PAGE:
Photo: Oyamada Kuniya
Courtesy the artist and Galerie Barbara Thumm with the kind support of the Forestry Commission, Bedgebury Pinetum, England

 Visiting Hans Op de Beeck’s pavilion even during the daytime, one enters a dark nighttime scene: a lifesized mise en scène of a black, elevated roadside restaurant with a panoramic view. From a seat at one of the small tables, visible through the picture windows is a nocturnal highway landscape that stretches off into the distance, lit only by distinctive orange streetlights. This “trompe l’oeil” landscape is, in reality, a sculptured landscape eleven meters deep and ten wide. The road’s surface rises at a nine-degree angle and the perspective is foreshortened as it moves toward the horizon (the first light around four meters high, the last only forty centimeters), thereby creating the illusion of a view that runs on for kilometers.
 Within the roadside restaurant itself, a crackling radio quietly plays strange tunes from the Seventies. Everything, down to the smallest detail, has been custom made in black, lending the interior a mysterious, almost ominous aura; the room, lit only faintly by hanging lamps, gives one the feeling of entering the restaurant after closing time. The restaurant is every bit as desolately empty as the massive highway landscape visible through the large, angled windows.

Photo: Hans Op de Beeck
Courtesy of Xavier Hufkens, Brussels

 As a centerpiece of his solo exhibition “The Little Little House in the Blue Woods” (September 22, 2012 – January 14, 2013) held at Towada Art Center, Nara executed this work on a wall surface he likened to a ten-meter-high canvas. While the Japanese title can be read as “yoroshiku,” a common greeting in Japan, it is written here with four Chinese characters that mean “night (Yo),” “exposed (Ro),” “death (Shi),” and “suffering (Ku),” in a play on words from the lexicon of socially rebellious youth. The girl’s clothing is ripped in places as if she has worn it out or been in a fight, or perhaps added the holes on purpose to look cool. Striking a pose, legs crossed, she is gazing at something slightly off to the side. A smile is detectable on her lips, but she also seems to be holding back anger or holding in sadness. The girl’s expression is depicted in simple lines, but changes in complexity according to the mood of the viewer.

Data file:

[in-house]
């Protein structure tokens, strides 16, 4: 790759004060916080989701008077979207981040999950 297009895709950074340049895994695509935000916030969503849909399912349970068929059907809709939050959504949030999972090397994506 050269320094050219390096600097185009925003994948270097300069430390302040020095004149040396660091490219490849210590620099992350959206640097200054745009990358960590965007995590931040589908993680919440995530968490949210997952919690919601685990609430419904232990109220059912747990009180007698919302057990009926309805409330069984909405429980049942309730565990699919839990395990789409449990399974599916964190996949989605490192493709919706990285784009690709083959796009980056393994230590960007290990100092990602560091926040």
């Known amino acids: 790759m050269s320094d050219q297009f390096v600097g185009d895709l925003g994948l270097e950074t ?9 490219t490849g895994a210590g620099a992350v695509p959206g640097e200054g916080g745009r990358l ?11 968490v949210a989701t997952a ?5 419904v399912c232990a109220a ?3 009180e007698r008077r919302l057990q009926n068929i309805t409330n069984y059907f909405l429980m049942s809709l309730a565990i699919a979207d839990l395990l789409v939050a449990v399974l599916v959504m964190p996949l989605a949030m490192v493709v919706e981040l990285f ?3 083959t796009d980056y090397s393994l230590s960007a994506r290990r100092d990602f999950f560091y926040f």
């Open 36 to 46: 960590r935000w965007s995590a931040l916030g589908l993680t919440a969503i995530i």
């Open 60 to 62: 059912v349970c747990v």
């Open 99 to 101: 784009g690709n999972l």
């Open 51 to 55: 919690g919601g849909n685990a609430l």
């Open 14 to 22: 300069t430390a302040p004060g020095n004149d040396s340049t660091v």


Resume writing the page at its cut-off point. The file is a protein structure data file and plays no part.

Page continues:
Nara draws young girls and animals whose expressions contain a purity and strength that seem to defy society’s power to tame them. The stare emanating from the girl’s particularly large eyes appears to see through to society’s essence. Processing the work begins with absorbing the strength of her stare and trying to discern what her cuteness conceals. The viewer can project onto her their own inner feelings, or recognize something in her appearance familiar from family or close friends: the reason Nara’s work continues to charm people around the world.

Photo: Oyamada Kuniya

 One of Japan’s most beautiful and historical boulevards, Kanchogai Avenue, commonly called Koma Kaido, or Horse Highway, was until the end of World War Two the site of a warhorse supply center for the Imperial Ministry of War. Clad in flowers and exhibited in the exterior “event space” adjoining this boulevard, Choi’s monumental horse aligns with the long historical relationship between Towada and the horse, the seasonal changes in flowers blossoming along this street, and the future prosperity of the city. Its imposing 5.5-meter height and vivid coloring create a bold contrast against the white, minimalist architecture of the museum.
 With an international career in fields as various as art direction and interior design, Choi creates dynamic and extraordinary pieces inspired by daily life. Choi’s work uses motifs intrinsic to Korean culture, and images commonly found around the city, humorously highlighting aspects of life that would usually pass unnoticed.

Photo: Oyamada Kuniya

 Yamamoto Shuji’s piece, in the small patio between galleries, takes the pine trees lining the street of Kanchogai Avenue as its theme. With rocks and branches curving to form a gate, it is as though nature has conspired to bring together the plants and rocks and mounds of earth and then breathe special life into this miniature landscape.
 Gardening, which Yamamoto has been engaged in since university, is always a big influence in his work. The pines he has created are each strange in form, yet based on techniques learned from Japanese traditional landscaping methods of altering natural objects to create new compositional elements. Or rather we should say that they represent such elements but are themselves FRP (fiber reinforced plastic) with pine needles rendered as symbols. Maintaining traditional rules, while perversely mixing the natural and artificial, somehow resulting in anthropomorphic forms: these bizarre choices make Yamamoto’s works both more obscure and more attractive.

Photo: Oyamada Kuniya

 Kuribayashi Takashi has created here two different worlds in one gallery. What he presents in this work, entitled Sumpf Land, or “marshland” in German, is the interface between two worlds. Kuribayashi’s work has long dealt with this “boundary” theme by integrating different spaces−on two sides of a wall, or floor and ceiling−into his installations. Boundaries, of course, include more than the obvious national borders; they also originate in our minds, in the implicit preconceptions that shackle our thinking. The larger intention of his work is to provoke different perspectives on things, to suggest new ways of looking at things.